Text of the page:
Friday, July 25, 2008

Context, revisited

You may or may not recall that on July 14, I posted a piece entitled "Context." Here's part of what I said:

So there are probably two things that we all need to realize:

  • Some people are going to look at things out of context.

  • Some people are going to take things at face value.
I also linked to Loren Feldman's defense of TechNigga. Although I didn't quote it at the time, this is part of what Feldman said:

TechNigga was part of a weeklong project that reflected on numerous issues in our culture. Across the series I make fun of jews, psychologists, scientologists, celebrity rehab, nerds, nazis, tech culture, 70s movies and, yes, black people.

Fast forward to yesterday, when Dave Winer was having a really bad day. He's had off and on issues with Comcast for some time now, and lost his service yesterday. For him, this was the final straw; he closed his account.

Later in the day, he took the opportunity to vent and wrote a four paragraph post entitled "A word about Comcast." But, like most everyone else, I'm going to ignore the first, second, and fourth paragraphs. (Language warning.)

Comcast is going to get sued some day for what they do, and they're going to lose billions because of it. I tend to be an outlier on the leading edge. If they're shitting on me today, you can bet they'll be shitting on hundreds of people next year, and thousands the year after that. One of those shittings is going to cause an oil spill or a nuclear accident, or some horrible thing we haven't imagined yet. Maybe soldiers will die because of their deliberate outages. Maybe children. You just don't fuck around with some things, the kinds of things Comcast is fucking with. If you're going to turn a paying customer off deliberately, it seems you should do it slowly and carefully and covering every part of your anatomy while you do it, not the roughshod way they do it now. (And what would be so hard about slowing down the connection so it's impossible for someone to use too much bandwidth?)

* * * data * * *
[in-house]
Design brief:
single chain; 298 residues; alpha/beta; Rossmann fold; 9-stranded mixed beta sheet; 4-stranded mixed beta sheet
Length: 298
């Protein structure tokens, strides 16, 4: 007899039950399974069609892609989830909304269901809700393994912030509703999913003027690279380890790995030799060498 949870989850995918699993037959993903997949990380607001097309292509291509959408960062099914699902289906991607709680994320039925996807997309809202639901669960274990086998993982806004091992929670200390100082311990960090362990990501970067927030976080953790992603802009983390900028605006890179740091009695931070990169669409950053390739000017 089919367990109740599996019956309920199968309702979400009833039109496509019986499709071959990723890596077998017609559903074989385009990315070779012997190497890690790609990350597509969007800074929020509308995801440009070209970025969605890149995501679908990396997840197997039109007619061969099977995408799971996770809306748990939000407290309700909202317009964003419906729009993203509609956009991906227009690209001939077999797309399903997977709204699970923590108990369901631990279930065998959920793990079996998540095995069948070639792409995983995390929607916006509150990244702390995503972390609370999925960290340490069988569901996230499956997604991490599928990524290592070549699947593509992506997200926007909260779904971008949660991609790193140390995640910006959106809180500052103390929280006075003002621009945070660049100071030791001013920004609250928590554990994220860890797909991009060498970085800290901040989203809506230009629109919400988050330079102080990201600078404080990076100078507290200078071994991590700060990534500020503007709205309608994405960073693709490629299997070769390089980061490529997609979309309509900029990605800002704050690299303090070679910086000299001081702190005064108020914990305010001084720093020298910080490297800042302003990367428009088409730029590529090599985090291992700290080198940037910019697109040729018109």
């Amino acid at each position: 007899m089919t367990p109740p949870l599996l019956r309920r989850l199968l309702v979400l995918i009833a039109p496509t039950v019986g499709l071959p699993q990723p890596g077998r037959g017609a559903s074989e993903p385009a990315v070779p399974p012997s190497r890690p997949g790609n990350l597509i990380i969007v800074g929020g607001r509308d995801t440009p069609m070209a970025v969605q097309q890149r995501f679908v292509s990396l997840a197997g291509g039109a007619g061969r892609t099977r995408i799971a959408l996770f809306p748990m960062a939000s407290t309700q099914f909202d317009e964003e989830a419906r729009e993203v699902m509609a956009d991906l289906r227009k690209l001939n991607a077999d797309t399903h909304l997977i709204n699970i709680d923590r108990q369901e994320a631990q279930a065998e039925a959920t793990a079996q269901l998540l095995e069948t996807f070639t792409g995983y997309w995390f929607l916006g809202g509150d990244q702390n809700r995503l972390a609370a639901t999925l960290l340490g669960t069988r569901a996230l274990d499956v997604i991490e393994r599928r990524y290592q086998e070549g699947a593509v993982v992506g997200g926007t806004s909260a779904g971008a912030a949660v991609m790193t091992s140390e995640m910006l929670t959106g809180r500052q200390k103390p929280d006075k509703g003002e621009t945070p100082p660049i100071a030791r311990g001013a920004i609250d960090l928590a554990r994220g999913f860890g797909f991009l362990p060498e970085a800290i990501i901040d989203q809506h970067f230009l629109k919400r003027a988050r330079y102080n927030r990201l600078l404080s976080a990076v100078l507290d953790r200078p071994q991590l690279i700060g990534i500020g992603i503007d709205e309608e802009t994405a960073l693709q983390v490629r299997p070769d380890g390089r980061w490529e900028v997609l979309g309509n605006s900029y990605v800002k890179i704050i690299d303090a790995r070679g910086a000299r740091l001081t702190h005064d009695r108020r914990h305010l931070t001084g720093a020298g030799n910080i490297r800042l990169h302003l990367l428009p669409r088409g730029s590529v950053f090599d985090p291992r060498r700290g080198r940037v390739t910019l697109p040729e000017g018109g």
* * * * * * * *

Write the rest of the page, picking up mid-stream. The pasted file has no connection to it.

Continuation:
So, who proceeded to ignore the months of context, or the day of context, or even the paragraphs of context, and zoomed in on a statement in the middle of the third paragraph? Guess:

This a great read, best part is how Comcast will kill children, that damn truck is never leaving now.

I entered the FriendFeed conversation:

Ah, but Loren, you should know not to treat a single item as an isolated incident, outside of its context. :) If I had been through a bad experience with a company for months, and if something bad had happened earlier that day, I'd probably be predicting death and destruction also.

Loren responded to the effect that he would refrain from nominating Dave Winer for the Nobel Peace Prize. Or something like that. Actually, I think he phrased his thoughts by referring to "fat naked chick vids." (Hey, when I think of Al Gore and Jimmy Carter, I think of fat naked chick vids. Or perhaps that's just me.)

Well, needless to say, Loren didn't end with a FriendFeed comment. Oh, no.

I'll confess that I laughed out loud (luckily most of my co-workers were at lunch), but it's still not as good as the kayak. (Remember?)

By the way, I found a transcript of the unmashed interview.

KING: Joining us now is an old and dear friend, Celine Dion, the musical superstar. She's in her dressing room at Caesar's Palace in Las Vegas. She will go on stage in about a half hour. She and the director of her wonderful show, a show I've seen, Franco Dragone, have donated by the way, pledged $1 million to the American Red Cross.